Supreme Court Will Examine Constitutionality of Delaware Provision that Limits Supreme Court Judges to Two Major Political Parties

“First, three of the five justices of the Supreme Court in office at the same time, shall be of one major political party, and two of said justices shall be of the other major political party.” So reads a part of Article IV, Section 3 of the Delaware Constitution.

The provision requires that all five Justices of the Delaware Supreme Court be either Democrat or Republican — and specially there must always be three of one major political party and two of the other major political party.

A case pending before the U.S. Supreme Court, Carney v. Adams, presents the question to the Supreme Court of whether this state constitutional provision violates the First Amendment. The argument is that this state constitutional provision violations the political association rights of political independents and members of third parties.

James Adams, an independent, contends that the provision violates the First Amendment. Adams, who has applied for judicial positions before, contends that he has refrained in recent years because of his independent status and Article IV, Section 3 of the Delaware Constitution.

The U.S. Court of Appeals for the Third Circuit ruled that the provision violated the First Amendment because it restricted individuals on the basis of political affiliation. The Third Circuit cited a trio of U.S. Supreme Court decisions — Elrod v. Burns (1976), Branti v. Finkel (1980) and Rutan v. Republican Party of Illinois (1990) — which stand for the principal that government officials violate First Amendment freedoms if they discharge or otherwise discriminate against public employees based on political affiliation, unless the impacted position is a key policymaking position.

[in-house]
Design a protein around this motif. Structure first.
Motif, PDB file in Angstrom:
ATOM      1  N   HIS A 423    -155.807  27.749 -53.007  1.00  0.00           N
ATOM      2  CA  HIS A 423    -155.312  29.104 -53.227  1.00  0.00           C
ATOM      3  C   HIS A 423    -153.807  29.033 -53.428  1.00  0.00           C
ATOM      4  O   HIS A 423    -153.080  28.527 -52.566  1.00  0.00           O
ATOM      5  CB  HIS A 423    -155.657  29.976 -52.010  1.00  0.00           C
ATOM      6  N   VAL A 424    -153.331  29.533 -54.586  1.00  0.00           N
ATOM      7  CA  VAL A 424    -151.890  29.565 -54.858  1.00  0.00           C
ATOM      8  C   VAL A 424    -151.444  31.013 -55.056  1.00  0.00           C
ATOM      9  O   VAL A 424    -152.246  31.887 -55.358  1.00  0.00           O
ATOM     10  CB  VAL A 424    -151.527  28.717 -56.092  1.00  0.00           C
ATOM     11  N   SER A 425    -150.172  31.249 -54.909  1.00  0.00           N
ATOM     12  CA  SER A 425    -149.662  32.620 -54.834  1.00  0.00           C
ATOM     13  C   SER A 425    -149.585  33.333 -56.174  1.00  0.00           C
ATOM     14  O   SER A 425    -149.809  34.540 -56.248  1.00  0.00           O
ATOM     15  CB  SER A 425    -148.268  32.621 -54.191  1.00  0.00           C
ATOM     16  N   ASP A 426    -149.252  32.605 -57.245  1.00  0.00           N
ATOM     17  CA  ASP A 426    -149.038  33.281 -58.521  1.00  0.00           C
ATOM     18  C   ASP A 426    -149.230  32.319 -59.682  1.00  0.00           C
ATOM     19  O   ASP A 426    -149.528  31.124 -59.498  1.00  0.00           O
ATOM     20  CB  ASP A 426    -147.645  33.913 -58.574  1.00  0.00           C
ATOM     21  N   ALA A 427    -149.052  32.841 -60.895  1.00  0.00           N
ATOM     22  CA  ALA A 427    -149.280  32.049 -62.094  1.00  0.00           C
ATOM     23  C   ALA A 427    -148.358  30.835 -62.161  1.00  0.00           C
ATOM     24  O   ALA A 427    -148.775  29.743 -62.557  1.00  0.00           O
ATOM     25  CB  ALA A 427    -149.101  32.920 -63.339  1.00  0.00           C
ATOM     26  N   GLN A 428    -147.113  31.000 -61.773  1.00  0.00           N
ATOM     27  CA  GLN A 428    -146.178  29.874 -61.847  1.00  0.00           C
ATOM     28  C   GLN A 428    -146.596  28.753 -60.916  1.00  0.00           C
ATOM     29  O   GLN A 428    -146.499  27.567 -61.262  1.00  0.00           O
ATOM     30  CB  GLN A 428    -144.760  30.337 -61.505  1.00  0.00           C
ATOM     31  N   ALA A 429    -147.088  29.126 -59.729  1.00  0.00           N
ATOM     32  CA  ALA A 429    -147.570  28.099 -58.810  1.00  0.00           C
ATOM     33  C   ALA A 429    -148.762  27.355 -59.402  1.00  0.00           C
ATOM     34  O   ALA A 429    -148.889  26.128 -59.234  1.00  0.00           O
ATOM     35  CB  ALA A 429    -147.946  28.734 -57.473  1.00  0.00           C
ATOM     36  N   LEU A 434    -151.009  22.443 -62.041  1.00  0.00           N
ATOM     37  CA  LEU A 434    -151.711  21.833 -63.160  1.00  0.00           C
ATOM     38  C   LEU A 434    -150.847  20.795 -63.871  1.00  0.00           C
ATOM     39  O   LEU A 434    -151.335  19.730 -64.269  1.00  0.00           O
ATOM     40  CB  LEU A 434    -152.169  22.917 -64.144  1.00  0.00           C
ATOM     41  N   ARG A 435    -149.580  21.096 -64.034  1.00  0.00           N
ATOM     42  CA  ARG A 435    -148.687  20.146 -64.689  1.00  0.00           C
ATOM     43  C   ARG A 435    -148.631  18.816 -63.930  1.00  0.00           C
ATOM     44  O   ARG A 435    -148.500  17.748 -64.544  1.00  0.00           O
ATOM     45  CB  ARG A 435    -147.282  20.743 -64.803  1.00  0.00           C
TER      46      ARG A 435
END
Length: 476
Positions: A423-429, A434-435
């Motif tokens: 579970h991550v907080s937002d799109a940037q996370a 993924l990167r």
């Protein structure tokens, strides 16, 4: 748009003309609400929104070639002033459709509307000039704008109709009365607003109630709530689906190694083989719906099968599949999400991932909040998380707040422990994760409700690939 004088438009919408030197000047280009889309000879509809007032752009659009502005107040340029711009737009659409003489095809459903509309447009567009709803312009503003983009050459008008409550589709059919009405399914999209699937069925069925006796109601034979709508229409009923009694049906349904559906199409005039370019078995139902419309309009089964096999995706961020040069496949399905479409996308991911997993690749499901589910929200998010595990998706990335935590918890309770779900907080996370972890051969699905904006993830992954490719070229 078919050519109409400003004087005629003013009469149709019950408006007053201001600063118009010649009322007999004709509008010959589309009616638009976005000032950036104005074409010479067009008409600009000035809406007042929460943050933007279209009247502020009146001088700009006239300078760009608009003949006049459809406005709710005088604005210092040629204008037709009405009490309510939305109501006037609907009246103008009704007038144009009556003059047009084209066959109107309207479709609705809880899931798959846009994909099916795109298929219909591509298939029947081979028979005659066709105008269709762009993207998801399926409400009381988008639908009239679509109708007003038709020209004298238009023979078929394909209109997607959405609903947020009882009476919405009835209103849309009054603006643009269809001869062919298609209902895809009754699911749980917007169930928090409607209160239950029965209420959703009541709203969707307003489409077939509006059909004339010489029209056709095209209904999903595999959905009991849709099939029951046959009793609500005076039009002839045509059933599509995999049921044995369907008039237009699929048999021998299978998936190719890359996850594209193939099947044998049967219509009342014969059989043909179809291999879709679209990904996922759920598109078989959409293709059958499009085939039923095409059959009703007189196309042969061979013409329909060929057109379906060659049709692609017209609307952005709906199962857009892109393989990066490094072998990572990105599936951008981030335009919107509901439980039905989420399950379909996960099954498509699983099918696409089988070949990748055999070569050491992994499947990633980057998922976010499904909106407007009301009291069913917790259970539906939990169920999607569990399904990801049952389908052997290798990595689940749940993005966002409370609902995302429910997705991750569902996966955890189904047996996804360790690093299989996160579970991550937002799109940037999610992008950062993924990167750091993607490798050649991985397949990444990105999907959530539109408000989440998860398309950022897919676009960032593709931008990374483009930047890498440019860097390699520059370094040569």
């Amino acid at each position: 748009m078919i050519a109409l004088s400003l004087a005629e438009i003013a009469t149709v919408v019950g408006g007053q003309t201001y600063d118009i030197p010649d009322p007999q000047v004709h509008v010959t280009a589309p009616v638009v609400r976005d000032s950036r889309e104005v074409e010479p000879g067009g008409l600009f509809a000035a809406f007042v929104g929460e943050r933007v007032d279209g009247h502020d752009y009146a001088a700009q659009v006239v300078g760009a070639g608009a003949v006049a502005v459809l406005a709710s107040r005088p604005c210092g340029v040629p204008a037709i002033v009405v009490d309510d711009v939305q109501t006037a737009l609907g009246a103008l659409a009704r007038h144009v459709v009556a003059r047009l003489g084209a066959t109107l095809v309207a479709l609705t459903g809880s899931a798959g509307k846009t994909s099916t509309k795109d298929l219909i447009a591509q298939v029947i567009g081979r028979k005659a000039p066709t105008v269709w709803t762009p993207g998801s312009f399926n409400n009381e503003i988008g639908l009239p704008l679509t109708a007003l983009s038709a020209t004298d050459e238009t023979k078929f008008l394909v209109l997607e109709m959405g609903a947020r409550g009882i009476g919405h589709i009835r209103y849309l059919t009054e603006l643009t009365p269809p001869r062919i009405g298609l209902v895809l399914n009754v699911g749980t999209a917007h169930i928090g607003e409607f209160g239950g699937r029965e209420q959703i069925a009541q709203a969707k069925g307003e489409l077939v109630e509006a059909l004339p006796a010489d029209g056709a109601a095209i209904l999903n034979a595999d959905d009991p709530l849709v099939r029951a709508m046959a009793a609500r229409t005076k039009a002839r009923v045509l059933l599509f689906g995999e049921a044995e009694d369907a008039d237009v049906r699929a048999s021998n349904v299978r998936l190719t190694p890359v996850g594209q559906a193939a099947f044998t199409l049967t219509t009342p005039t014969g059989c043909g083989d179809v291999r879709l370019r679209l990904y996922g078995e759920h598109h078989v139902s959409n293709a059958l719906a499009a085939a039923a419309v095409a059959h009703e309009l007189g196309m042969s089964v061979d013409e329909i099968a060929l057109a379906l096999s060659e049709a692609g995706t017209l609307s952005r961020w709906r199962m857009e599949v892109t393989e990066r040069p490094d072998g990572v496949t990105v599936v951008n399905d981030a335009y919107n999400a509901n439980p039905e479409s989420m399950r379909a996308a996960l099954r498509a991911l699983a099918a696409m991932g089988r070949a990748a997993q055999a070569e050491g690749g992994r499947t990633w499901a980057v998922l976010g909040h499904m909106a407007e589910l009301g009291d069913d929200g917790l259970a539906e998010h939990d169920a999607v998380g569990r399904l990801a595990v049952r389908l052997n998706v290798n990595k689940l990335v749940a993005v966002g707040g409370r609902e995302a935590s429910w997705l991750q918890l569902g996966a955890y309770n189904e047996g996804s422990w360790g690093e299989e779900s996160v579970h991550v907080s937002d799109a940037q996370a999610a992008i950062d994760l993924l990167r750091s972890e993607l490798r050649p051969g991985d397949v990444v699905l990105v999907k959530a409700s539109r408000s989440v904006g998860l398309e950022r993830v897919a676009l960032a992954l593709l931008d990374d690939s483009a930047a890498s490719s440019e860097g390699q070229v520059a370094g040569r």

“The purpose of the policymaking exception is to ensure that elected officials may put in place loyal employees who will not undercut or obstruct the new administration,” the Third Circuit wrote. This does not apply to judges who are supposed to be impartial arbiters.

The Third Circuit recognized that its decision conflicted with decisions from the Sixth and Seventh circuits. This created a classic circuit split and led to U.S. Supreme Court review.

In its amicus brief, the Cato Institute takes the side of Adams. “Delaware severely burdens the expressive association rights of independents and members of third parties by categorically barring them from serving on the state’s three highest courts,” the institute writes.

The Libertarian Party agrees, writing in its amicus brief, “just as Delaware may not bar Republicans or Democrats from serving on its state courts based on their political affiliation, it may not impose such a prohibition against Libertarians, or any other citizens, based on their political affiliation.”

However, others disagree. For example, the Delaware Bar Association, in its amicus brief, asserts that a state’s interest in a non-partisan judiciary is a compelling interest that trumps an individual lawyer’s voter registration affiliation.

The U.S. Supreme Court has suspended oral arguments because of the COVID-19 pandemic.

But, when the court resumes normal procedures, it has a most interesting case on its hands.

David L. Hudson Jr. is a First Amendment Fellow at the Freedom Forum Institute, and a law professor at Belmont University who publishes widely on First Amendment topics. He is the author of a 12-lecture audio course on the First Amendment titled, “Freedom of Speech: Understanding the First Amendment” (Now You Know Media, 2018). He also is the author of many First Amendment books, including “The First Amendment: Freedom of Speech” (Thomson Reuters, 2012) and “Freedom of Speech: Documents Decoded” (ABC-CLIO, 2017).

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